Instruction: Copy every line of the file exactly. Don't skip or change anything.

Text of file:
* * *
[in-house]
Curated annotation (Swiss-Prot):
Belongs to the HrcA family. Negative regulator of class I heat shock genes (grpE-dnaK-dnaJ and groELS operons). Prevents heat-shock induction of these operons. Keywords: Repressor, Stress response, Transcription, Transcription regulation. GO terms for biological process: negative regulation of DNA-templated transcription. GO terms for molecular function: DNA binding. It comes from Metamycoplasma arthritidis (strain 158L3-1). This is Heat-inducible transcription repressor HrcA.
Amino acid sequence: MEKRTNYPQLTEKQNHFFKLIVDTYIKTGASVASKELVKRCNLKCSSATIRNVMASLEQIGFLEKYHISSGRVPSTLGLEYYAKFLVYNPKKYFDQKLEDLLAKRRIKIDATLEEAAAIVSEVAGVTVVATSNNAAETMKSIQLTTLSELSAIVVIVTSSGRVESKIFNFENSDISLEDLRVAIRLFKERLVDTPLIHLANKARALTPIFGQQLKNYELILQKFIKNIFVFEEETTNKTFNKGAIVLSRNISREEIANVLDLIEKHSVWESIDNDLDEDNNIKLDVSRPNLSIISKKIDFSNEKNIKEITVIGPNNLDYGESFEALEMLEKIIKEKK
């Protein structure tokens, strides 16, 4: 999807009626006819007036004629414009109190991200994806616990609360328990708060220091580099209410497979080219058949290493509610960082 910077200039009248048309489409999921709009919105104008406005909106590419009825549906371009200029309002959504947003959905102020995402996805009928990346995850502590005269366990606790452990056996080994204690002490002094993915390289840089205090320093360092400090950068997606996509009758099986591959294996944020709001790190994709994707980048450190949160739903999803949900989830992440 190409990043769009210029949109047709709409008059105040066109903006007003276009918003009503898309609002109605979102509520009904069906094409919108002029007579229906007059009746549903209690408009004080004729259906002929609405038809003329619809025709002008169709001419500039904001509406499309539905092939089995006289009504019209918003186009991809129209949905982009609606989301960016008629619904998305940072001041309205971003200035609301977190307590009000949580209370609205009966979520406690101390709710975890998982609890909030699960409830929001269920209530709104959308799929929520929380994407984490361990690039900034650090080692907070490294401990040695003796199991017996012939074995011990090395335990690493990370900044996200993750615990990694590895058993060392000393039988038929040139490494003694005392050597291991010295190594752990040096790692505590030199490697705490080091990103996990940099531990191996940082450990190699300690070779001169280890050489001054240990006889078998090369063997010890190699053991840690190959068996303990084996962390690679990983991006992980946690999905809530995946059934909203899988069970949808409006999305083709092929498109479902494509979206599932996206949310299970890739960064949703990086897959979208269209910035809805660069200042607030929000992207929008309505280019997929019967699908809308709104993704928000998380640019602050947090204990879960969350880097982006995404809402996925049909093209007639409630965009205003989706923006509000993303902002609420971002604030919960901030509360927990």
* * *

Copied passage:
[in-house]
Curated annotation (Swiss-Prot):
Belongs to the HrcA family. Negative regulator of class I heat shock genes (grpE-dnaK-dnaJ and groELS operons). Prevents heat-shock induction of these operons. Keywords: Repressor, Stress response, Transcription, Transcription regulation. GO terms for biological process: negative regulation of DNA-templated transcription. GO terms for molecular function: DNA binding. It comes from Metamycoplasma arthritidis (strain 158L3-1). This is Heat-inducible transcription repressor HrcA.
Amino acid sequence: MEKRTNYPQLTEKQNHFFKLIVDTYIKTGASVASKELVKRCNLKCSSATIRNVMASLEQIGFLEKYHISSGRVPSTLGLEYYAKFLVYNPKKYFDQKLEDLLAKRRIKIDATLEEAAAIVSEVAGVTVVATSNNAAETMKSIQLTTLSELSAIVVIVTSSGRVESKIFNFENSDISLEDLRVAIRLFKERLVDTPLIHLANKARALTPIFGQQLKNYELILQKFIKNIFVFEEETTNKTFNKGAIVLSRNISREEIANVLDLIEKHSVWESIDNDLDEDNNIKLDVSRPNLSIISKKIDFSNEKNIKEITVIGPNNLDYGESFEALEMLEKIIKEKK
């Protein structure tokens, strides 16, 4: 999807009626006819007036004629414009109190991200994806616990609360328990708060220091580099209410497979080219058949290493509610960082 910077200039009248048309489409999921709009919105104008406005909106590419009825549906371009200029309002959504947003959905102020995402996805009928990346995850502590005269366990606790452990056996080994204690002490002094993915390289840089205090320093360092400090950068997606996509009758099986591959294996944020709001790190994709994707980048450190949160739903999803949900989830992440 190409990043769009210029949109047709709409008059105040066109903006007003276009918003009503898309609002109605979102509520009904069906094409919108002029007579229906007059009746549903209690408009004080004729259906002929609405038809003329619809025709002008169709001419500039904001509406499309539905092939089995006289009504019209918003186009991809129209949905982009609606989301960016008629619904998305940072001041309205971003200035609301977190307590009000949580209370609205009966979520406690101390709710975890998982609890909030699960409830929001269920209530709104959308799929929520929380994407984490361990690039900034650090080692907070490294401990040695003796199991017996012939074995011990090395335990690493990370900044996200993750615990990694590895058993060392000393039988038929040139490494003694005392050597291991010295190594752990040096790692505590030199490697705490080091990103996990940099531990191996940082450990190699300690070779001169280890050489001054240990006889078998090369063997010890190699053991840690190959068996303990084996962390690679990983991006992980946690999905809530995946059934909203899988069970949808409006999305083709092929498109479902494509979206599932996206949310299970890739960064949703990086897959979208269209910035809805660069200042607030929000992207929008309505280019997929019967699908809308709104993704928000998380640019602050947090204990879960969350880097982006995404809402996925049909093209007639409630965009205003989706923006509000993303902002609420971002604030919960901030509360927990």